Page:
The Storied Life of A. J. Fikry

A.J.A. J. Fikry, owns and operates a charming bookstore, on Alice Island. It is the kind that rarely exists today, having given way to the monster-sized edifices that are home to booksellers today. Fikry is well read, the quintessential bookstore owner; he knows authors and book styles, can recommend books to his customers based on their likes and dislikes. He has his own particular fixed likes and dislikes, often quoting from books to make a point. His life is defined by and through books. He communicates through their words with messages that he passes on as wise tidbits of knowledge.
A. J. is still grieving over the loss of his wife, killed in an accident, and he resorts too often to liquor as a pain reliever. He is feisty and cantankerous and doesn’t seem the type to “make friends and influence people” very easily. As a matter of fact, when Amelia (Amy), appears in his store to present the winter book list of Knightly Publishers, he is rude and indifferent, even when he learns she is replacing the former salesperson who has died. That night, however, truly saddened by the death of that man, he binge drinks, and when he wakes up from his drunken stupor, he finds that his most valuable book, Tamerlane, a book that was to guarantee his secure retirement, has disappeared. Then he discovers a child that has been abandoned in his store. The mother is nowhere to be found. All that he finds is a note entrusting Maya to his care. Maya seems older and wiser than her years. Her influence on him is enormous.
The story that evolves, as he and the child bond and Amelia becomes more and more of a steady visitor, is very tender, somewhat romantic and also humorous, although it does seem to be hiding behind a mask that seems indifferent, simplistic and even mundane, at times. Emotions are quite matter-of-factly laid bare, leaving no doubt as to how the characters feel as they help to make each other more complete. It makes the story even more appealing and comfortable to read.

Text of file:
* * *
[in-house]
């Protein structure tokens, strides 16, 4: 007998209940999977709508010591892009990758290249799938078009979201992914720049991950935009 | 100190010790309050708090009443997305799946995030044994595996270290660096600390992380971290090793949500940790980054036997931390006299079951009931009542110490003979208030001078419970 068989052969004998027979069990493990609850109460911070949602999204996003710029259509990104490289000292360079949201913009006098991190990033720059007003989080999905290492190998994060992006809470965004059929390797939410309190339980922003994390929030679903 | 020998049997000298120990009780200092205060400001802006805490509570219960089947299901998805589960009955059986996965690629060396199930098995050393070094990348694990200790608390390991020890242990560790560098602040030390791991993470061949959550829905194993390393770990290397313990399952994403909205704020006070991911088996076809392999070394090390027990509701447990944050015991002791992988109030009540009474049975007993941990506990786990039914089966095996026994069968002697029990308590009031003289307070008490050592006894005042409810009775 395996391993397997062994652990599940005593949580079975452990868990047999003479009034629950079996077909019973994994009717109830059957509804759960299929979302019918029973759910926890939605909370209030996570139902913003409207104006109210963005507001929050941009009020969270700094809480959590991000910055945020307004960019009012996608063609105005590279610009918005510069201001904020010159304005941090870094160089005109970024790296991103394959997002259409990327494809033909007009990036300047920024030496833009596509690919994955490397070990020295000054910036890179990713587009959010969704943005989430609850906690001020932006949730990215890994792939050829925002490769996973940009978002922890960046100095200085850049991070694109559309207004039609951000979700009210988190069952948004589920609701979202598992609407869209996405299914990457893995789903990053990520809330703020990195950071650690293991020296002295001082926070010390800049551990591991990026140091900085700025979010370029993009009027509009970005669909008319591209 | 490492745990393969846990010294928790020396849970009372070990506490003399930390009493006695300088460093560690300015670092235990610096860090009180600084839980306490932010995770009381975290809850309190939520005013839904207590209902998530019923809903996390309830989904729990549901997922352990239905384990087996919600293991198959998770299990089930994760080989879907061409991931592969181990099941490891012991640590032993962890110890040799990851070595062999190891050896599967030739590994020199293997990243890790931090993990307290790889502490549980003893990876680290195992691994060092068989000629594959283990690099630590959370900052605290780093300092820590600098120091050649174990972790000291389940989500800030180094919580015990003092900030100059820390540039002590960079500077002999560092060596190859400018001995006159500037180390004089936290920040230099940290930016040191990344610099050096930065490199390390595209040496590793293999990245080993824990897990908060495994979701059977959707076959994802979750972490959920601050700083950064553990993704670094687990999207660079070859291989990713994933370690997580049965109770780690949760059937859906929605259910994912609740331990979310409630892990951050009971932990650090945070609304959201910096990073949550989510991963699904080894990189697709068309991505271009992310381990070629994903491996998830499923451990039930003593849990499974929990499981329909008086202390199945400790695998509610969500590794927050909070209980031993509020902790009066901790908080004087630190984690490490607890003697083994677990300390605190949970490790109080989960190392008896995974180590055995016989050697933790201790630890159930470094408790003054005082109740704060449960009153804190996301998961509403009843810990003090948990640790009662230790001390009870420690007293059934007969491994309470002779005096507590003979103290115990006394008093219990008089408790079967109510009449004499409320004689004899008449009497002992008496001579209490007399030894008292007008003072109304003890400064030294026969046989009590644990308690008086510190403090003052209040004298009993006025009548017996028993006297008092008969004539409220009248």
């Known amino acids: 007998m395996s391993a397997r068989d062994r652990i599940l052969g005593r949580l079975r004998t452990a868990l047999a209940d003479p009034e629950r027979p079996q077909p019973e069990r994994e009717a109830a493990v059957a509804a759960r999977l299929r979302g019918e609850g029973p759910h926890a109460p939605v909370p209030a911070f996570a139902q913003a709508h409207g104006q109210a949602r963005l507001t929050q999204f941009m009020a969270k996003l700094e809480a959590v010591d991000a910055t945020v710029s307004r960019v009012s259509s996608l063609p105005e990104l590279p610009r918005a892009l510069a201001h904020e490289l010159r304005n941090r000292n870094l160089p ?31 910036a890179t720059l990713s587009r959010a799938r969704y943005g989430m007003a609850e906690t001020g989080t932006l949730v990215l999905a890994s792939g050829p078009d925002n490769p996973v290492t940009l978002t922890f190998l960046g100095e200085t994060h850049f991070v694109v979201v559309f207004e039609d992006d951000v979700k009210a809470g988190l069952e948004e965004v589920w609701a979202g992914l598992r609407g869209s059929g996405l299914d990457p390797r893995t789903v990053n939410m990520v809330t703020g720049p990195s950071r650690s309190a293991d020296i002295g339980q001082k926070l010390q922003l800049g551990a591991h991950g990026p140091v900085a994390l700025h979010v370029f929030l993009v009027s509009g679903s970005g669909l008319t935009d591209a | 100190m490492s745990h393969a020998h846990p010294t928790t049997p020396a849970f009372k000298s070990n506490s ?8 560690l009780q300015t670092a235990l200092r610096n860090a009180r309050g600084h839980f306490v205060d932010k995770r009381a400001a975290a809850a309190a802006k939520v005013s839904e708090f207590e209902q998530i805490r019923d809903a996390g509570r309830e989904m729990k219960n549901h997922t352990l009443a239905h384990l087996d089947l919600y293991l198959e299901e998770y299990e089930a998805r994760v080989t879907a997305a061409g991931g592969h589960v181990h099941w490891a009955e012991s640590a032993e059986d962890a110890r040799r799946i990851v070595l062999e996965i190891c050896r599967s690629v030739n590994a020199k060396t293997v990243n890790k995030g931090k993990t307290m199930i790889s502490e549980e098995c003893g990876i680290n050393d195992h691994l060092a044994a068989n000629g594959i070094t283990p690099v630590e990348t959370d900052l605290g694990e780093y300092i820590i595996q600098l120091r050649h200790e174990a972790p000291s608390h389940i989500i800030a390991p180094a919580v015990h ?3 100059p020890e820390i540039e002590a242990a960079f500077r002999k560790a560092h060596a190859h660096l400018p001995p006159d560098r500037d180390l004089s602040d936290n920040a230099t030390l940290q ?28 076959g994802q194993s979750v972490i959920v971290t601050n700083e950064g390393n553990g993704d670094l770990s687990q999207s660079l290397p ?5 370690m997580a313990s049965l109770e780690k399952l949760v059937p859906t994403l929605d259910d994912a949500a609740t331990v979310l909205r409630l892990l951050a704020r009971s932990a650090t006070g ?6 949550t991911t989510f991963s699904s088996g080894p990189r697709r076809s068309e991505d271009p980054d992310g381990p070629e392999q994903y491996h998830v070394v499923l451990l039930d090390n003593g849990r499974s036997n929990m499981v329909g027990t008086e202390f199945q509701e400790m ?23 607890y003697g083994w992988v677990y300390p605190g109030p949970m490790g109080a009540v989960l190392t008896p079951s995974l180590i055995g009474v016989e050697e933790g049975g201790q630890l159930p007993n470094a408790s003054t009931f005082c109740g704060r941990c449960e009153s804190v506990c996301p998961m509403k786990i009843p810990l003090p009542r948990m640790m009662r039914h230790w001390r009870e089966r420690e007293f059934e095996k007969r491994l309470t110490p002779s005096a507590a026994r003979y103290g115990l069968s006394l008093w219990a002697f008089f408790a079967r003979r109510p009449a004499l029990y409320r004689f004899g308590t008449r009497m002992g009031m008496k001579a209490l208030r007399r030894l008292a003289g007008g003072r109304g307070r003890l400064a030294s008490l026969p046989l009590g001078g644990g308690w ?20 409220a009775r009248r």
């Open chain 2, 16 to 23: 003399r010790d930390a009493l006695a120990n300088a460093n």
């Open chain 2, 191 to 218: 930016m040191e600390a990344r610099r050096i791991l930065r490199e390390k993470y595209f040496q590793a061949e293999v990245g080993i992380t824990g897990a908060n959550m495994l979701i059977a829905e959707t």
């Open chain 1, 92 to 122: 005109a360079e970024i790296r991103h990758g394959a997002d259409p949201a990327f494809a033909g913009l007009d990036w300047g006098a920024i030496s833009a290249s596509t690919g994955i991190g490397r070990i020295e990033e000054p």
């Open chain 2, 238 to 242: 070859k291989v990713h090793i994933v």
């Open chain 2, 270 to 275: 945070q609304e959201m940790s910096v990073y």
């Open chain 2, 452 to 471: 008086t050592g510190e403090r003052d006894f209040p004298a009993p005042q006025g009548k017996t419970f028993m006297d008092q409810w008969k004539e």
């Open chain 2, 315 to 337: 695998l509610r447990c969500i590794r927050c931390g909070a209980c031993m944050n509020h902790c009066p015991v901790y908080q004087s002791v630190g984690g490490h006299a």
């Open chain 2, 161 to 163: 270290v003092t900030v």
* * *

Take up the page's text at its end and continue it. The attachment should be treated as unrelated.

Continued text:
Human feelings and reactions are explored from the vantage point of adults and from the eye of a precocious, bright, rather well-adjusted child, who has been raised very well, rather unexpectedly, by this inexperienced, insecure man, lonely and somewhat lost without his wife who used to operate the Alice Island bookstore with him. The fictitious Alice Island is a rather appealing place, reminiscent of Nantucket or Martha’s Vineyard (for those who know of Cape Cod and the Islands), which can also be reached by traveling on a ferry that leaves from Hyannis, MA. Life is laid back and unhurried on both the real and the fictitious island.
This is a beautiful story about love, loss, relationships, friendships, and even bias is briefly and subtly explored. Race seems to be a tiny underlying subject, but I am not sure why, unless the lack of emphasis is to indicate and reinforce the idea that the race of a person is meaningless, as color has no bearing on any of the relationships, nor should it. The characters exist outside the barriers that are often presented when race becomes the focus rather than the abstract. They simply interact and exist in this imaginary storybook kind of a world, almost free from modern day contrivances.
The story is guided by quotes from books as A. J. leaves notes around for those he loves. It concentrates on the development of beautiful, sincere friendships and a natural love of parent and child coupled with a warm sense of devotion and loyalty. These traits assume far more importance than money, the loss of material things, the revelation of what could be life-changing secrets and even facing illness and death. Rather it dwells on the beauty within people, their ability to face their demons and their ability to forgive and forget. What seems like a simple story is really quite profound as secrets are revealed to the reader and mysteries are solved. Still, life is ultimately dealt with and the tale comes to a warm and satisfying conclusion.


About omasvoice

Who am I? I am you. I am everyone out there who loves to read and discuss and voice an opinion!
This entry was posted in Book Reviews, Books for Adults, Fiction. Bookmark the permalink.

2 Responses to The Storied Life of A. J. Fikry

  1. JoAnn says:

    I loved this book!

  2. omasvoice says:

    It was a wonderful story.

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